Canary Wharf Group ‘disappointed’ at government’s decision to call in massive development on London’s South Bank
The developer of the massive Shell Centre revamp on London’s South Bank has expressed “surprise” and “disappointment” at the government’s move to ‘call in’ the plans for further scrutiny and hopes the scheme won’t be delayed by more than four months.
Speaking to Building, David Pritchard, chairman of Canary Wharf Group, which is developing the Shell Centre revamp in a joint venture with Qatari Diar, said the move by planning minister Nick Boles this month to call in the scheme came had come as a surprise as the plans had been given the green light by Lambeth council and the mayor of London.
Pritchard said: “Certainly [we were] disappointed and, frankly, surprised, because we put a lot of effort into the consultation around the design to ensure that it did meet the heritage issues.
“It’s disappointing too, from a social standpoint, apart from the construction aspect, because it was going to attract thousands of jobs, considerable volume of retail, and affordable housing, as well as being quite key to the redevelopment of that whole Waterloo area.
“So it’s all a bit surprising.”
Pritchard said the scheme, which will be built out by Canary Wharf Contractors, was due to start on site in November, but now could be delayed by three or four months.
He said he understood the public inquiry would be expedited, with the hearing expected to take place in November, but the outcome is unlikely to be decided until early next year, meaning the best case scenario is for construction to begin onsite in February or March.
The 1.45m square ft mixed-use Shell Centre scheme has been masterplanned by Squire & Partners, with six architects - including Squires, KPF and Stanton Williams -designing elements of project, including eight new towers.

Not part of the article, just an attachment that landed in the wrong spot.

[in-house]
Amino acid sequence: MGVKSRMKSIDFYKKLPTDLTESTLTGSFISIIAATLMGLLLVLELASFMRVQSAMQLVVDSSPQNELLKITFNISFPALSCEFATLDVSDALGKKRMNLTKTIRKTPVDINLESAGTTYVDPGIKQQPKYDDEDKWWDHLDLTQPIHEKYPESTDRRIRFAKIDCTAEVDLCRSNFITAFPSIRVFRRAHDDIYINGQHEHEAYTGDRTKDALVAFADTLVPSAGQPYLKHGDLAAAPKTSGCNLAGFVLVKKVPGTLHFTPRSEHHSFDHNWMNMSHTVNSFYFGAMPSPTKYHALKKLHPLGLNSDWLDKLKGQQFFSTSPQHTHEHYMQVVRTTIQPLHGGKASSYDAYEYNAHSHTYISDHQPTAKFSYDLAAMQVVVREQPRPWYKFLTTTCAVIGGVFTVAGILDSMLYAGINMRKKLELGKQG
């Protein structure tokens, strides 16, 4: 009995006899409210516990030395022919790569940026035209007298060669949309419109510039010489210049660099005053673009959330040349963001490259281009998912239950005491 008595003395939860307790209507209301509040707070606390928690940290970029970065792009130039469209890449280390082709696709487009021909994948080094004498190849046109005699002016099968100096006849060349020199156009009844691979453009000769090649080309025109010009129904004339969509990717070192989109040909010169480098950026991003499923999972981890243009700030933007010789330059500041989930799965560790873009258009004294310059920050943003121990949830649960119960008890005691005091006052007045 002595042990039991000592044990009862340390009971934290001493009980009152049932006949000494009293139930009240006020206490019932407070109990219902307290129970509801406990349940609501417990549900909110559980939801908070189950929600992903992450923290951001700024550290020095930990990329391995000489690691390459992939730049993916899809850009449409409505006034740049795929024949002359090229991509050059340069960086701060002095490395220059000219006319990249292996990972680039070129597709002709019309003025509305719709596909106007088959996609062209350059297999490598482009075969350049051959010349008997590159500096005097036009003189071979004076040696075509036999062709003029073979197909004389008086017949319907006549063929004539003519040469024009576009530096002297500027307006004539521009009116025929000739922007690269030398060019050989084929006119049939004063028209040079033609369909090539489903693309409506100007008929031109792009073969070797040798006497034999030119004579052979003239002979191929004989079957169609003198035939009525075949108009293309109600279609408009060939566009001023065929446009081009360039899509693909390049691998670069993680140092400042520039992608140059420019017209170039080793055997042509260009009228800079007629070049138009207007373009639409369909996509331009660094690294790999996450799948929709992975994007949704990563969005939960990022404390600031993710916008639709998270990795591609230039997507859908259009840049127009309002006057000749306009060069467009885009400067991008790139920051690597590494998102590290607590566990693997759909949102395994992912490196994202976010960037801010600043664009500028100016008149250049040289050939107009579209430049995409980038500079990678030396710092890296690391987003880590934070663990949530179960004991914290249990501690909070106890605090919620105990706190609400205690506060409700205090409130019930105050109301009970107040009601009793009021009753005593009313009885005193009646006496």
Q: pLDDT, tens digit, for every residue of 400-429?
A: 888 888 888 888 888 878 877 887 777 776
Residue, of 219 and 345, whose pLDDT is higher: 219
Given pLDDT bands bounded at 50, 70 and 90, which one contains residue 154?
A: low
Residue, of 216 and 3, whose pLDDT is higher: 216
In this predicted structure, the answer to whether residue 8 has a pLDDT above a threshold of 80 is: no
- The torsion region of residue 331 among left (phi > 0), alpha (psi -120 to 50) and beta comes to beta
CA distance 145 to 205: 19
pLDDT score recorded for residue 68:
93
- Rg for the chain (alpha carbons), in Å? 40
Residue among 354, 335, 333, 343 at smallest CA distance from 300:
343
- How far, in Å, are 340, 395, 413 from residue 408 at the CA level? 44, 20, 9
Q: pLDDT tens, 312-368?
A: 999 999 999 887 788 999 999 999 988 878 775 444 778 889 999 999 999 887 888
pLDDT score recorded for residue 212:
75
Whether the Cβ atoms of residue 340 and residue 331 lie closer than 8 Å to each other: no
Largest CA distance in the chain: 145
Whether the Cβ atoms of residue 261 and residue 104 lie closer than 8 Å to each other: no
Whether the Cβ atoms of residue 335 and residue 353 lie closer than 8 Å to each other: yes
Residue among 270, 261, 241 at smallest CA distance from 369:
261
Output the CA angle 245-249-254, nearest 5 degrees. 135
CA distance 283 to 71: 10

The scheme, which could be worth up to £1bn on completion in 2019, will retain the famous 27-storey Shell Centre Tower and the building’s main occupier Shell will take a further 245,000 sq ft of office space in the wider scheme.
The move to call in the scheme followed an earlier decision by the planning minister to call in the John McAslan-designed redevelopment of historic Smithfield Market, which has proved controversial with heritage campaigners, despite being approved by City of London planners.
However, ministers decided not to call in the controversial Elizabeth House scheme, near Waterloo, which is opposed by Westminster council and English Heritage, raising concerns about the consistency of decision making in the Department for Communities and Local Government.
It is understood that Boris Johnson was furious at the minister’s move to call in the Shell Centre plans and has sought assurances that any public inquiry will be expedited, with the mayor’s office reiterating the importance of the scheme to the regeneration of the Waterloo area.
John Garwood, company secretary at Canary Wharf Group, said the developer expected the scheme to be given the green light. “In theory it could [be refused], but given the attention that was paid to all of the interested parties, we would be surprised if that was the outcome,” he said.
“We had around 200 meetings through the consultation; the planning application had very few objections; the council approved it - so it’s really hard to see where the real opposition is coming from.”
Meanwhile, Pritchard said Canary Wharf Group expects construction to start on site on its 58-storey residential tower in the docklands early next year.
The Diamond Tower scheme, a 212 metre tall residential tower, was submitted for planning approval to Tower Hamlets council in June, will comprise 566 apartments and is on the Newfoundland plot in Canary Wharf, bordered by Park Place, Westferry and Heron Quay road, at the western end of Canary Wharf looking towards the city.
The scheme, known as Diamond Tower due to its distinctive design, is designed by Horden Cherry Lee Architects.